How big should your Star Realms deck be? In general, smaller decks with powerful cards are better than larger decks. That is why scrapping is a powerful strategy. However, you can also win with no scrapping. In that case, you need a larger deck to dilute the impact of the starter cards. If no scrap cards are available to you, you have to go with a larger deck. That pretty much summarizes the basics of deck size. Small, scrapped, and dense if you can. Larger to dilute the starter cards if you can’t scrap. The question of whether to pursue a large or small deck is largely answered for you based on whether scrap cards are available to you and how early in the game you get them. There are other issues related to deck size that we should consider.
Deck size is certainly not the most important factor to consider when playing Star Realms. Perhaps the most important factor is knowing the relative strengths of the cards at any given time so that you can buy the right cards. You have to take into account the rest of your deck (will it ally with other cards?) and the stage of the game (is it too late for scrap to pay off?). These affect a card’s strength, but if you can evaluate a card’s strength for a given game state and always draft the strongest card you can afford for the given context, you’re in a pretty good position. Less important, but still important, is knowing the pace of the game and paying attention to your opponent’s deck. Strategy articles have been written about these topics.
Deck size is a less important aspect of the game, but in Star Realms it’s often one play that tips a game in your favor or against you. Before addressing deck size strategy, though, let’s define a new concept: spikiness.
Definition: Spiked Deck vs Flat Deck
Sometimes you get a great card in your deck. For example, a Brain World, Dreadnaught, or Ark. The rest of your deck is not that great. If you plot the power level of the cards in your deck, that one card would be a big spike in the graph. Let’s call this a spiked deck.
Sometimes you don’t get any big cards. Instead, you have a bunch of cards that all cost 1-4, with none significantly better than the rest. If you plot the power level of the cards in this deck, it’s relatively even. Let’s call this a flat deck.
Spikiness isn’t a binary property. Often, a deck is somewhere in between flat and spiked. The spikiness of a deck is also a dynamic property. Obviously, all decks start out the same… a flat deck of all starter cards, so every spiked deck started out flat. However, a deck can also change from spiked to flat. For example, you might get two first-turn scrappers. Those are awesome cards in comparison to the rest of your deck. Your deck is spiked right away. After you buy a few more cards and you have scrapped a couple cards, all of a sudden those scrappers are not as big as they were before. First, because the deck overall is more powerful so they no longer stand out, and also because scrappers are less powerful later in the game. The deck might have changed into a flat deck.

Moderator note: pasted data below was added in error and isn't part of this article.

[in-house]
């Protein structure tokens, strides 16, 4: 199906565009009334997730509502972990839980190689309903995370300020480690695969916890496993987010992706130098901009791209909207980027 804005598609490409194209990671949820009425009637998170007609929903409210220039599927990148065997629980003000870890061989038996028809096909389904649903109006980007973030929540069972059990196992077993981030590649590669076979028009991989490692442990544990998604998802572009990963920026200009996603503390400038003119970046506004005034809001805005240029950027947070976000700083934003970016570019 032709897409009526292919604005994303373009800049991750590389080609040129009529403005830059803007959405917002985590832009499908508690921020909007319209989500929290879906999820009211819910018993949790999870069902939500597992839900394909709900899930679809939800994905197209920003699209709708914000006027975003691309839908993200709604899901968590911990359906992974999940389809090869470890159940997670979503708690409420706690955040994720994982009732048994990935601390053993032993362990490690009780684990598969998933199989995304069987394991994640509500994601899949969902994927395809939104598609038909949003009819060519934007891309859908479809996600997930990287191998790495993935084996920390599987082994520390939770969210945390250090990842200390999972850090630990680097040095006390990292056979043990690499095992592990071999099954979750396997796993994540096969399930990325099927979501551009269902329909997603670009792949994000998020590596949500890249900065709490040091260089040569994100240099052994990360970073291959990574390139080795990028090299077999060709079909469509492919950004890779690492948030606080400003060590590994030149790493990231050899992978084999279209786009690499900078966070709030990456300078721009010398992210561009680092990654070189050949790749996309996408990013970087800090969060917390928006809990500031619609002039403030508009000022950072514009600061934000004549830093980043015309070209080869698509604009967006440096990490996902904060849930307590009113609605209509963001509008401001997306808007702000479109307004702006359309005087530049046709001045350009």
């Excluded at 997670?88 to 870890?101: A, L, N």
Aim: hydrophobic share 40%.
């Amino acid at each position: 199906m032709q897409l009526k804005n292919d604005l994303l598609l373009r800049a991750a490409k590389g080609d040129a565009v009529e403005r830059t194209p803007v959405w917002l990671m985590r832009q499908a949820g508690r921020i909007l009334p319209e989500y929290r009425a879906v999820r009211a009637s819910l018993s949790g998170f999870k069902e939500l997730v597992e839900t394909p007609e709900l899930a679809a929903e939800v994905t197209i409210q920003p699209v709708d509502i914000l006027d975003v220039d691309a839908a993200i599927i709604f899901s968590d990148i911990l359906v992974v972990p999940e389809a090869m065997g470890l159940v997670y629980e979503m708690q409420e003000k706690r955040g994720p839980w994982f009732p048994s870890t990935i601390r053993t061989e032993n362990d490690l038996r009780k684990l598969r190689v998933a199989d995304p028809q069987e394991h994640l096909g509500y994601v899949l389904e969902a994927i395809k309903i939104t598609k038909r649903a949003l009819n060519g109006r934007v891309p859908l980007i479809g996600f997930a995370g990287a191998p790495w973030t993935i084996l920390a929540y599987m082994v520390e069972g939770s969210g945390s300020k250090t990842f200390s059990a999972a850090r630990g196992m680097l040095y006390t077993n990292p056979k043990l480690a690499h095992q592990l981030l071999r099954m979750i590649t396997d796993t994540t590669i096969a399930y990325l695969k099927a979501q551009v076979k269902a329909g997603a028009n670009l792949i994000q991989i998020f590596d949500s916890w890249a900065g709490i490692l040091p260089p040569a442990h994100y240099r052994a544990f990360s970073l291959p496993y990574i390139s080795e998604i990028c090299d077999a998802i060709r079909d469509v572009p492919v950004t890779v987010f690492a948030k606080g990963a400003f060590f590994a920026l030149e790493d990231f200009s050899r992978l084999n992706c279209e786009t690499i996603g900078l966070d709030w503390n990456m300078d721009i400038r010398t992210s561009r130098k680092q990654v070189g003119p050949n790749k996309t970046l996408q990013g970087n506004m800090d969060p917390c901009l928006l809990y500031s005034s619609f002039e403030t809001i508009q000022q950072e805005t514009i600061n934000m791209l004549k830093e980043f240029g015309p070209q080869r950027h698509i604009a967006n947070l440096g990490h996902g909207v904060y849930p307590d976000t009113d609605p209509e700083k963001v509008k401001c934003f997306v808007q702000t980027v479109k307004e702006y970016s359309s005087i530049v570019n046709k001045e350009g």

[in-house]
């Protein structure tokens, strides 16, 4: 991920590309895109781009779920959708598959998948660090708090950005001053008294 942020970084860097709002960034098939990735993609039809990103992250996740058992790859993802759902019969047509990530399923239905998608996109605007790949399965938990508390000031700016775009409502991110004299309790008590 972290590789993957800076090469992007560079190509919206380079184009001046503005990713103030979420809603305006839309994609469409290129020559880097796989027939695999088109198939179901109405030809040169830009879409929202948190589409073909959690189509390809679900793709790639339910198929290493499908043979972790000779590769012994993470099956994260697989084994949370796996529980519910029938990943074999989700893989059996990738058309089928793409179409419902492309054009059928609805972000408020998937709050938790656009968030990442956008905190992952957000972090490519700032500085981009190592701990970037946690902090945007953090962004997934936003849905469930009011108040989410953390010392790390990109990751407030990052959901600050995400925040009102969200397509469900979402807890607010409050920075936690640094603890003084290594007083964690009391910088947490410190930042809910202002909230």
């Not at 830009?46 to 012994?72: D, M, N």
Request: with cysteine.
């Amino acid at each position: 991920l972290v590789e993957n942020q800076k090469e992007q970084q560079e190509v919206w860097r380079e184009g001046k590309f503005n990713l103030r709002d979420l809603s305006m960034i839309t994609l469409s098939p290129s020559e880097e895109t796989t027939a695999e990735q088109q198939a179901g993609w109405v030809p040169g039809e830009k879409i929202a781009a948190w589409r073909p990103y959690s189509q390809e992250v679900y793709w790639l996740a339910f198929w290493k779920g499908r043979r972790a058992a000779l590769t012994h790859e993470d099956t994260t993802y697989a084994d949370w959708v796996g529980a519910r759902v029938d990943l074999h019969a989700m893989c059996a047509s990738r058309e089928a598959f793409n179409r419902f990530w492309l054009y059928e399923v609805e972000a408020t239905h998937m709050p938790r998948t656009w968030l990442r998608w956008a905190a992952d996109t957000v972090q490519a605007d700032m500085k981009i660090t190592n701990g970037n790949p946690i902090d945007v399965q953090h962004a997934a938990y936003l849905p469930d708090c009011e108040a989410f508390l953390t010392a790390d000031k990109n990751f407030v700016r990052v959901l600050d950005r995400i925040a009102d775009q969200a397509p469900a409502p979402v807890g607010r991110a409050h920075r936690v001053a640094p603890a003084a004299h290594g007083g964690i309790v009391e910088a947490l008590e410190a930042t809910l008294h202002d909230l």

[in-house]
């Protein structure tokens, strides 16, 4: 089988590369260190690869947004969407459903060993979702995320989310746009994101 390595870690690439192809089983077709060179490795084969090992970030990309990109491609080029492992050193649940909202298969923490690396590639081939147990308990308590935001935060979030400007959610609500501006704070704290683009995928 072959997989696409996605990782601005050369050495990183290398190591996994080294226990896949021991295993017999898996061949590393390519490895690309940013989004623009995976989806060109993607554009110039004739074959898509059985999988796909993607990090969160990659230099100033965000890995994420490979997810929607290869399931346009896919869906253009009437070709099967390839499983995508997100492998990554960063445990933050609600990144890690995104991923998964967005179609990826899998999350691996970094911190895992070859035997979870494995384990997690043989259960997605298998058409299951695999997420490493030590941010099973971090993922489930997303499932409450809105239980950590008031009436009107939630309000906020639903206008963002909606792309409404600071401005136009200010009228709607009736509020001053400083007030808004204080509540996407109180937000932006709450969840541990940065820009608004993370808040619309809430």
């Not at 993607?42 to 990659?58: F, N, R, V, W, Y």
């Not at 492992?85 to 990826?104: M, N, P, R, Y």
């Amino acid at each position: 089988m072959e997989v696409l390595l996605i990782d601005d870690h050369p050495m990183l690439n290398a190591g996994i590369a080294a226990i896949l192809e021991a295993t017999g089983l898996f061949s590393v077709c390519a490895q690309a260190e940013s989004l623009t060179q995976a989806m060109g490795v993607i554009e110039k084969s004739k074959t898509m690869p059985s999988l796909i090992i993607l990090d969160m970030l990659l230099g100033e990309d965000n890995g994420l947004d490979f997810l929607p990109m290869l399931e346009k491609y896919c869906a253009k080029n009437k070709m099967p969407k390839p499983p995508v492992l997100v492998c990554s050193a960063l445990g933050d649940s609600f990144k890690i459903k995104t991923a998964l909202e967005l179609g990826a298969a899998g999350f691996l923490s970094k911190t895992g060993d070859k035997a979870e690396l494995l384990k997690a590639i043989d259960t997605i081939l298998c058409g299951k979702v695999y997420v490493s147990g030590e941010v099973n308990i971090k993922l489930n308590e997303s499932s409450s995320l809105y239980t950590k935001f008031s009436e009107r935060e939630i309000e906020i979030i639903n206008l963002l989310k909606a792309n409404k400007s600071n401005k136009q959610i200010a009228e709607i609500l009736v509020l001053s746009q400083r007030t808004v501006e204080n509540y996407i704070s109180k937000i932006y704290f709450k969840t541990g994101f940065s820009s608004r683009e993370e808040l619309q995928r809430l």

Similarly, even without drawing any huge cards, a deck can become more spiked just by moving to a new phase of the game. With a Blob Destroyer and a few small trade cards, the deck is relatively flat early on. The Blob Destroyer is not significantly better than the trade cards early in the game. It’s great to get 6 combat but it’s also great to buy new cards early in the game, so they’re about the same. Later in the game, if combat has been hard to come by and all other combat cards are 1-2 damage cards, and the opponent has out a 6-strength outpost, the Blob Destroyer becomes much more important and the deck is more spiked even without buying any big cards. All of this illustrates that the spikiness of a deck is something that is dynamic and can only be evaluated for a given instant in a game.
Let’s consider a few more examples.
In deck 1, you purchase a Freighter and two Explorers. The Freighter is by far the best card in your deck – you have a spiked deck.
In deck 1 you purchase two Explorers and a Battle Pod. None of these are great cards, especially for the early game. You have a flat deck.
It’s halfway through the game and you have one scrapper, two trade cards, two 3-cost bases, and the Dreadnaught. You have a spiked deck.
It’s halfway through the game and you have scrapped away 3 starters. In addition to your 2 scrappers, you picked up 4 other non-starter cards, but they are all cost 4 or less. You have a flat deck.
It’s near the end game and you have scrapped down to 5 starters. You have 9 non-starter cards ranging in cost from 2 to 6. All but two of them deal at least 2 damage, and four deal 4 or more damage. The two cards of cost 6 are the Flagship and Battle Blob. Your deck is somewhere between flat and spiked.
Your Ideal Deck Size
Whether or not you have a spiked or flat deck affects whether or not you want to bury cards during the reshuffle. When you reshuffle, it is usually the case that some cards are either in your hand or in play, so they do not go into the new deck. These cards miss the shuffle or are buried or are bottom-decked or are lost for a deck. (There are many terms that are used for this idea.) These buried cards are therefore played one less time throughout the course of the game. Obviously, it’s great if you can leave 4 starter cards buried. Scrapping an Imperial Frigate when there are exactly 5 starter cards in the draw pile is a way to force 4 starter cards to be buried. Obviously, it’s bad if your Command Ship is bottom-decked. It’s difficult to prevent that from happening. But there’s a lot more to managing the reshuffle than just hoping and looking for an Imperial Frigate at the end of a deck.
How does a deck’s spikiness relate to burying cards? In short, you want to bury cards for a flat deck and you do not want to bury cards for a spiked deck.